There are several types of reels on the market and they come manufactured in different types of materials sporting different features and benefits. The two main types of reel materials used are synthetic plastic reels manufactured in materials like Nylon and Delrin and then there are metal reels manufactured in Stainless Steel and in Aluminium. Obviously the metal reels are much stronger but they are also usually several times the price. Although the metal ones are marketed as "bluewater" reels they're never really all that good for gamefish. However good synthetic plastic reels are not only more affordable, they're usually more than strong enough for the types of fish targeted by the majority of spearos and they're also much lighter and generally last longer too.


The hardest thing when using speargun reels is preventing reel spooling or "bird nests". These usually occur when the fish makes a strong run and the reel starts free spooling. To prevent this from happening the reel must have a drag system. This is usually just a nut and washer but experienced spearos will also use the palm of the hand particularly when using bigger pelagic fish. Remember that obviously this palming technique cannot be used on enclosed reels and like with floatlines, it is best to have the absolute minimum amount of line on your reel necessary. This will prevent tangles and stop the line from "jumping" out of the spool and jamming. A small word of caution when using a speargun reel - remember not to drop your gun!!! Particularly if you're hunting in water depths beyond your diving capability. For this reason, we recommend that reels are best suited to shallow water and smaller species of fish.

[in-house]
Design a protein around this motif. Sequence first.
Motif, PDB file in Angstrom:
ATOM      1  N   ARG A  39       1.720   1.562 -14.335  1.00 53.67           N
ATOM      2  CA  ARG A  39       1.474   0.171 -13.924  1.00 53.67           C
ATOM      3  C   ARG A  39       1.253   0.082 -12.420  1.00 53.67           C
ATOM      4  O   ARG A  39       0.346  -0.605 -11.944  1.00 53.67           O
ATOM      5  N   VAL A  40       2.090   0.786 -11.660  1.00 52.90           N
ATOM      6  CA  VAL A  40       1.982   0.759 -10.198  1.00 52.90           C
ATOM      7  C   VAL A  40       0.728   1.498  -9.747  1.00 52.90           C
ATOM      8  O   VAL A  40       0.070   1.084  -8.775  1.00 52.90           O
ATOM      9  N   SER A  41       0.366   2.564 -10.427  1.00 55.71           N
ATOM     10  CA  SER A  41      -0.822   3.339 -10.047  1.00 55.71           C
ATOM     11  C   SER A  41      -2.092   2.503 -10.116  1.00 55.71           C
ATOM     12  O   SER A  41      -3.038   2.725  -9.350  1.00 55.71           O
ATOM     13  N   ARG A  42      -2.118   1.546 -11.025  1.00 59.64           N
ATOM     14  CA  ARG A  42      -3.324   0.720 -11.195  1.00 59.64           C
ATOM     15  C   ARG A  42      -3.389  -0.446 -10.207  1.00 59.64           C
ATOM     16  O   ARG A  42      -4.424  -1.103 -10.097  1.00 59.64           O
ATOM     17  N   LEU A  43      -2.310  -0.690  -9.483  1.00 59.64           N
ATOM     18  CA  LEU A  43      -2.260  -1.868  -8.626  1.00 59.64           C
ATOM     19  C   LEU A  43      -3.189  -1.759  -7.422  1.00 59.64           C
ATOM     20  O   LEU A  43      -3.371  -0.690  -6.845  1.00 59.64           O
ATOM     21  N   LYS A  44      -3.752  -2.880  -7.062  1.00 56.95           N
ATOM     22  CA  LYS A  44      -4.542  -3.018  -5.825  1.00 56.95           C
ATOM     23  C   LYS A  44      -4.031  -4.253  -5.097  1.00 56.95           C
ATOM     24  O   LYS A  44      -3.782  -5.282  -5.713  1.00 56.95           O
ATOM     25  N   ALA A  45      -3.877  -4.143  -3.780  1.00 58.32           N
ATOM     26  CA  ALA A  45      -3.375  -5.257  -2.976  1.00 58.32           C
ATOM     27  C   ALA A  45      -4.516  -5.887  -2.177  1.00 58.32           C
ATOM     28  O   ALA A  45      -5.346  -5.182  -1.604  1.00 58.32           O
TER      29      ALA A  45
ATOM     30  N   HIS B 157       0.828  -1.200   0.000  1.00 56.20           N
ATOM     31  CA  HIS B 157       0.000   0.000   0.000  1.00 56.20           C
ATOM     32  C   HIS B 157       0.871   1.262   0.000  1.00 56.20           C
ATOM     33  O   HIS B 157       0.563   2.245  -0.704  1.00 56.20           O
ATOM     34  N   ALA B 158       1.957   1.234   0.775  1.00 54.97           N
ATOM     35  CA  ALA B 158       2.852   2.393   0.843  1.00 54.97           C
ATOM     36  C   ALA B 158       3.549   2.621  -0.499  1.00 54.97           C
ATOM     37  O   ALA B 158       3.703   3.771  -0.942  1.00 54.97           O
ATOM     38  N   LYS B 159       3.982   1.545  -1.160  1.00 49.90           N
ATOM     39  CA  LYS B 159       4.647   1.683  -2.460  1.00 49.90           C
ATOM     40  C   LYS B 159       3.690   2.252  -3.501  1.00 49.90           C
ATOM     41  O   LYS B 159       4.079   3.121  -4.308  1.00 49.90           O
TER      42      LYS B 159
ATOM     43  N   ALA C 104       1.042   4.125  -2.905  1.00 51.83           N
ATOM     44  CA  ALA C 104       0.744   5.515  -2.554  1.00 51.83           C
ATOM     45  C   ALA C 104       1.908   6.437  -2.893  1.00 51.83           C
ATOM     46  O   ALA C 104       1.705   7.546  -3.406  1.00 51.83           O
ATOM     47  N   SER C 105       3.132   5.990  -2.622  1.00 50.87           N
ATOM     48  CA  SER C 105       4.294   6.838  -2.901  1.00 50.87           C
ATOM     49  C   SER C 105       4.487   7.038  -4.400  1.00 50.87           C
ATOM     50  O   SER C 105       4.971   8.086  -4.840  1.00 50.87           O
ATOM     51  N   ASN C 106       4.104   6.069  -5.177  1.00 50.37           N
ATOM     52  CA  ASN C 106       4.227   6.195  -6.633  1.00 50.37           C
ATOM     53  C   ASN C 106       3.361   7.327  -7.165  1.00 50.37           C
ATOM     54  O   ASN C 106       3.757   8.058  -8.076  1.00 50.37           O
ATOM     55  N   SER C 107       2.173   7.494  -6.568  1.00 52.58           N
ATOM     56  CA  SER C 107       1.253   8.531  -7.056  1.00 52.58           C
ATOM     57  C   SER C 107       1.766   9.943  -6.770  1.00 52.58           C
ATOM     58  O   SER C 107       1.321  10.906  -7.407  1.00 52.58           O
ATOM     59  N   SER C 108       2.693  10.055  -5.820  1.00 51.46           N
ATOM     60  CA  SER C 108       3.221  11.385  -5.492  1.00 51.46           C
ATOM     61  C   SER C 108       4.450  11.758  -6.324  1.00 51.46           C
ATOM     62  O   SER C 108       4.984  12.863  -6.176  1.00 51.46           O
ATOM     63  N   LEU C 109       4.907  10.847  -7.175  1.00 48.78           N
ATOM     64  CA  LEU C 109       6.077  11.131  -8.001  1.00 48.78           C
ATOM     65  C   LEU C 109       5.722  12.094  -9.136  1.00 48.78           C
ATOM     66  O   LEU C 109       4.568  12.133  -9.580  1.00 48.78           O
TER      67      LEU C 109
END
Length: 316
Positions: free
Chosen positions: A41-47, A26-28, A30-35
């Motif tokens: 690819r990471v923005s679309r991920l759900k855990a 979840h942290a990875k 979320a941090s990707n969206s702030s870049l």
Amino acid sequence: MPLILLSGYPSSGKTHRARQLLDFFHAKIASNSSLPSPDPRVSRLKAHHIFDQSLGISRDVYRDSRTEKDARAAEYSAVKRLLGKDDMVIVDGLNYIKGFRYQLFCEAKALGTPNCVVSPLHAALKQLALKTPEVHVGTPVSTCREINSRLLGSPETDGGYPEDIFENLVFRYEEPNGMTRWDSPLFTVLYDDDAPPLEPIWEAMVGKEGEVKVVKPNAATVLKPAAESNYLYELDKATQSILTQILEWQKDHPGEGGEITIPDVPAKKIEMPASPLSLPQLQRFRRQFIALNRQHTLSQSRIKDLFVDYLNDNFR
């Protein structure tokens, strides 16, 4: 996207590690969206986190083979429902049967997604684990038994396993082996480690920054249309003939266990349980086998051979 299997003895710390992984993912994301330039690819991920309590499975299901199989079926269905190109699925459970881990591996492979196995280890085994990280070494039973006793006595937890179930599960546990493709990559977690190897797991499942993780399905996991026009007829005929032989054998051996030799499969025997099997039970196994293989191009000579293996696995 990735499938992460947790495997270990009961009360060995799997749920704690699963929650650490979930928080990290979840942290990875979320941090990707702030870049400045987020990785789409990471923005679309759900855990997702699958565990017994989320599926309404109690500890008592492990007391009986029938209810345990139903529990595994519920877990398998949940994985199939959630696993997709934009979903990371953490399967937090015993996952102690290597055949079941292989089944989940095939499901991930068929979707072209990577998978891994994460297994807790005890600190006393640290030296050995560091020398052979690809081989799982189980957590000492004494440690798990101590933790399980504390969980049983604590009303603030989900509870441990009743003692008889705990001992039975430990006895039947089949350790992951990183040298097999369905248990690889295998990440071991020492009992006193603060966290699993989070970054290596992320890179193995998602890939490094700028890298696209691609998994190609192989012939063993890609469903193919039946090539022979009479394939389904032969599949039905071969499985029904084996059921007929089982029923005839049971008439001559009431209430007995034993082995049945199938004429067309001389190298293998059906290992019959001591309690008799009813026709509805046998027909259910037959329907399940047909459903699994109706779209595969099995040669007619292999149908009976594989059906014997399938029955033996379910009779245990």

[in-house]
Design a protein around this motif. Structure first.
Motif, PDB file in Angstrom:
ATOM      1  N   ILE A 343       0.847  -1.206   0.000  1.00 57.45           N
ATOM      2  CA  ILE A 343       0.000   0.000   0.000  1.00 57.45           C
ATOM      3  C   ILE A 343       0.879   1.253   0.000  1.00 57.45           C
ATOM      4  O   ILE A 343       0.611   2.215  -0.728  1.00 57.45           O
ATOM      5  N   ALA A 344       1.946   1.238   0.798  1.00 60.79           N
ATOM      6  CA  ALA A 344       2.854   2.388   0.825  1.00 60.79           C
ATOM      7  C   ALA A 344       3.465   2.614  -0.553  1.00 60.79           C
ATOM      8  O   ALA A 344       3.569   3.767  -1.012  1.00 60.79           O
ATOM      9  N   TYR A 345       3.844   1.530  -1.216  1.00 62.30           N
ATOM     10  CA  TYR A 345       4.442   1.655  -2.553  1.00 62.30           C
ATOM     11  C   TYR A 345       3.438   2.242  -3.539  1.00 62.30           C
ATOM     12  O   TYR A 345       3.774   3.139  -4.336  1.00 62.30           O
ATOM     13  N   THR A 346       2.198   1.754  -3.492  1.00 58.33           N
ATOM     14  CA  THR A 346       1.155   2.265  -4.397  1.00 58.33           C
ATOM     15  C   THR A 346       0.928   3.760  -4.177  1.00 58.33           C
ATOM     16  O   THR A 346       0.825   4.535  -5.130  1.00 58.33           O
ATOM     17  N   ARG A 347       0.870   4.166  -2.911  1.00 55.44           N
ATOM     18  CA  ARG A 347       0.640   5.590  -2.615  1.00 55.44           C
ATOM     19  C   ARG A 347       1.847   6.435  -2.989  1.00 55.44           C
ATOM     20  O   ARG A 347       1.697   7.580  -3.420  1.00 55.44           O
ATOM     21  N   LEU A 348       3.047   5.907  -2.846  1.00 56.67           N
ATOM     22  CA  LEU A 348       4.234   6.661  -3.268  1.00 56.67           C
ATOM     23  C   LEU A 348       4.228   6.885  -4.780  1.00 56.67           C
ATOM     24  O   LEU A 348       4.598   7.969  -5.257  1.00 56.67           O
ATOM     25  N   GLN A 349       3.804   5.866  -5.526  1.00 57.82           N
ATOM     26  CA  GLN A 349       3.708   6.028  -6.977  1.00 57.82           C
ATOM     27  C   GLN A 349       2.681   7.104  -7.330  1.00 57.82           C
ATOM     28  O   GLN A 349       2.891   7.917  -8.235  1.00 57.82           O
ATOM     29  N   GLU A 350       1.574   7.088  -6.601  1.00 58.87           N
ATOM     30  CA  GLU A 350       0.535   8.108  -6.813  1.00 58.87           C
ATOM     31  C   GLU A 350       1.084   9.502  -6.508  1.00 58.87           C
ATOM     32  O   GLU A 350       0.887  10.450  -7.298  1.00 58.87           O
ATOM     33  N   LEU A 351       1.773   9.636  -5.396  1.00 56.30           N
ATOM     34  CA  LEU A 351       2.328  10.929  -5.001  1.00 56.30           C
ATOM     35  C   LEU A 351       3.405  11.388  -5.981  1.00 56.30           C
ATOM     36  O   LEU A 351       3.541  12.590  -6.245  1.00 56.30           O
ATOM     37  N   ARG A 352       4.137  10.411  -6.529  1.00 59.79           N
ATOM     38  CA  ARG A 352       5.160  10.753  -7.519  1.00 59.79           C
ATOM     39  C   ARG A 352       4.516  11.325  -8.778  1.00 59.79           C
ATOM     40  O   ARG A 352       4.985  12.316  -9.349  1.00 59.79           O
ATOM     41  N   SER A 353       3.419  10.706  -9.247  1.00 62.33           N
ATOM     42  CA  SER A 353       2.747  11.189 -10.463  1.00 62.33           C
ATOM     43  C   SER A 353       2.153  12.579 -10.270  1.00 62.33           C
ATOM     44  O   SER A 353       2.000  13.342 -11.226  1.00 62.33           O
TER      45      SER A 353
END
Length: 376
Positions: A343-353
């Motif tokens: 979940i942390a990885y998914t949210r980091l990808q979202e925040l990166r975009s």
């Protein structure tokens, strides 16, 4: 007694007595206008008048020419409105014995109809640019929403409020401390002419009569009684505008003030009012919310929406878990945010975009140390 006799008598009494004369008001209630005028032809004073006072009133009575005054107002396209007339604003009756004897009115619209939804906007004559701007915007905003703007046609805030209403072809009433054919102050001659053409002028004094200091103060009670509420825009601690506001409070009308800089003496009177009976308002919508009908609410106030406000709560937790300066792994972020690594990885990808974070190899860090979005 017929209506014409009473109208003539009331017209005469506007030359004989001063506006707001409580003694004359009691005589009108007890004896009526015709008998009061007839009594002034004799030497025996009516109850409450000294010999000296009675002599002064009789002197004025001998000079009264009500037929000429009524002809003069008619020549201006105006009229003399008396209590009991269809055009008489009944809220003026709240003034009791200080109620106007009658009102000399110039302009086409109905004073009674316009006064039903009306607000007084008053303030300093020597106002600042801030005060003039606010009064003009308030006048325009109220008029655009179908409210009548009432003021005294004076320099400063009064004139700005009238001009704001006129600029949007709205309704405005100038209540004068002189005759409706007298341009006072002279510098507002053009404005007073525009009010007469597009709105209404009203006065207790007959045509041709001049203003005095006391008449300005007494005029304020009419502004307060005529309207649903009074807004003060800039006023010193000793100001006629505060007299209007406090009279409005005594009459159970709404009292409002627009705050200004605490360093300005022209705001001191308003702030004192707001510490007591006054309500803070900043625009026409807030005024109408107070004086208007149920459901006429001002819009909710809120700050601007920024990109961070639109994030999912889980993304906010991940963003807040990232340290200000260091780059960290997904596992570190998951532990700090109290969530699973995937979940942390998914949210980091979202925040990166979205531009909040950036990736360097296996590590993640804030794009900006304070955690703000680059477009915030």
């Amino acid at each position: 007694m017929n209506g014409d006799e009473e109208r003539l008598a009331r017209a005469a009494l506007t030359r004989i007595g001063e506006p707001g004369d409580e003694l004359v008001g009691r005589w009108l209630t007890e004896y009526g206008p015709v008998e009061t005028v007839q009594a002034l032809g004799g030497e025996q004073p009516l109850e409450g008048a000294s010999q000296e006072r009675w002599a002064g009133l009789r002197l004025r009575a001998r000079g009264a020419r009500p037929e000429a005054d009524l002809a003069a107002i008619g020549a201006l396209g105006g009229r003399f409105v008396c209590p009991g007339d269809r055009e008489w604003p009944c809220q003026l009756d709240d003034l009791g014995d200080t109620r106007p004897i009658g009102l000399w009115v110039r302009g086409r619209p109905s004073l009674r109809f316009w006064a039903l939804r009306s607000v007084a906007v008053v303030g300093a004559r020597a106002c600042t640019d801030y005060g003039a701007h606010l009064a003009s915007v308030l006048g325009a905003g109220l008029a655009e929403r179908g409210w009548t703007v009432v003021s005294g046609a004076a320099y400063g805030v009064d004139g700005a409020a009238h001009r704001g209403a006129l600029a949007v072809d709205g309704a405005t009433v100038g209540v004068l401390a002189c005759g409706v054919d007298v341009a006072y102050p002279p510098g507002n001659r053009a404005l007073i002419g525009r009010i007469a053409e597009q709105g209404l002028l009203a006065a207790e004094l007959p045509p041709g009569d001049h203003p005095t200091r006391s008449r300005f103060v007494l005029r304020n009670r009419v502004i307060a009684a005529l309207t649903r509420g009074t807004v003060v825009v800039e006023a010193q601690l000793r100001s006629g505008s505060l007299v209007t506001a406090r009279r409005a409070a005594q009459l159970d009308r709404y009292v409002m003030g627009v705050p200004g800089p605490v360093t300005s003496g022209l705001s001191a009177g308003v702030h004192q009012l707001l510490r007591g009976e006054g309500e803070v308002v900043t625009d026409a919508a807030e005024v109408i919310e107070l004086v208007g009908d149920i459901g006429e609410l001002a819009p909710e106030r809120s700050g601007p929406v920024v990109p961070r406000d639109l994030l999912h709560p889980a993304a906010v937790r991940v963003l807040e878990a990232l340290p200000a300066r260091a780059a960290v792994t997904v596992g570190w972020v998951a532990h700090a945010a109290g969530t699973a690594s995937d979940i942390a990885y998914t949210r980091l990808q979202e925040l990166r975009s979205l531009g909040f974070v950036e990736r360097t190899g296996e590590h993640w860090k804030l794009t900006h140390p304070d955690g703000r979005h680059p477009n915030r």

Slip Tips / Drop Barbs

Slip tips or Drop Barbs are extremely popular for divers targeting bigger, bluewater, pelagic fish. Although there are many different styles produced and available on the market today, it's very important to always note that they're NOT created equally. There are some styles and brands of slip tips that work MUCH better than some others. So make sure that you always do your research first.


On the topic of Drop Barbs, Rob Allen was quoted as saying:

"We've found that the vast majority of spearfishermen have at one time or another used or tried a drop head. They virtually all change back to a single barb for a variety of reasons, the main reason being accuracy. Here we've found that it's very difficult to get the drop head to sit on the tip of the spear without any play (basically sideways movement). If you can get it to fit without play, then invariably it's too tight to come off resulting in the head pulling back through the fish and the fish being lost. The very tip has to be perfectly stable and central to maintain the straight flight of the spear. Even a very small amount of play will cause the spear to be inaccurate. This is because the extreme tip is what keeps the spear traveling true. A slight movement to one side or the other will cause a varying degree of inaccuracy depending on the amount of play. To show this you just need to sharpen a spear, which has a fixed barb, slightly off center, and you'll see just how much the accuracy is affected. Another problem with some slip tip heads is the hassle. Slightly too loose and it falls off when you dive down, to tight and it stays on and pulls back out of the fish. This can be most frustrating."


Having tried many of the brands available on the market today and experienced their limitations, we now only use and recommend the Rob Allen Drop Barb. It is by far the most accurate and effective tip. It's so effective on large pelagics and so different from conventional slip tips that they had to patent the unique design. It allows for accurate shooting with Euro style guns and avoids the compromise that previously had to be made between a loose fitting tip for deployment and a tight fit for accuracy. The drop barb sits in the same diameter as the spear shaft so the solid spear tip and accuracy is guaranteed.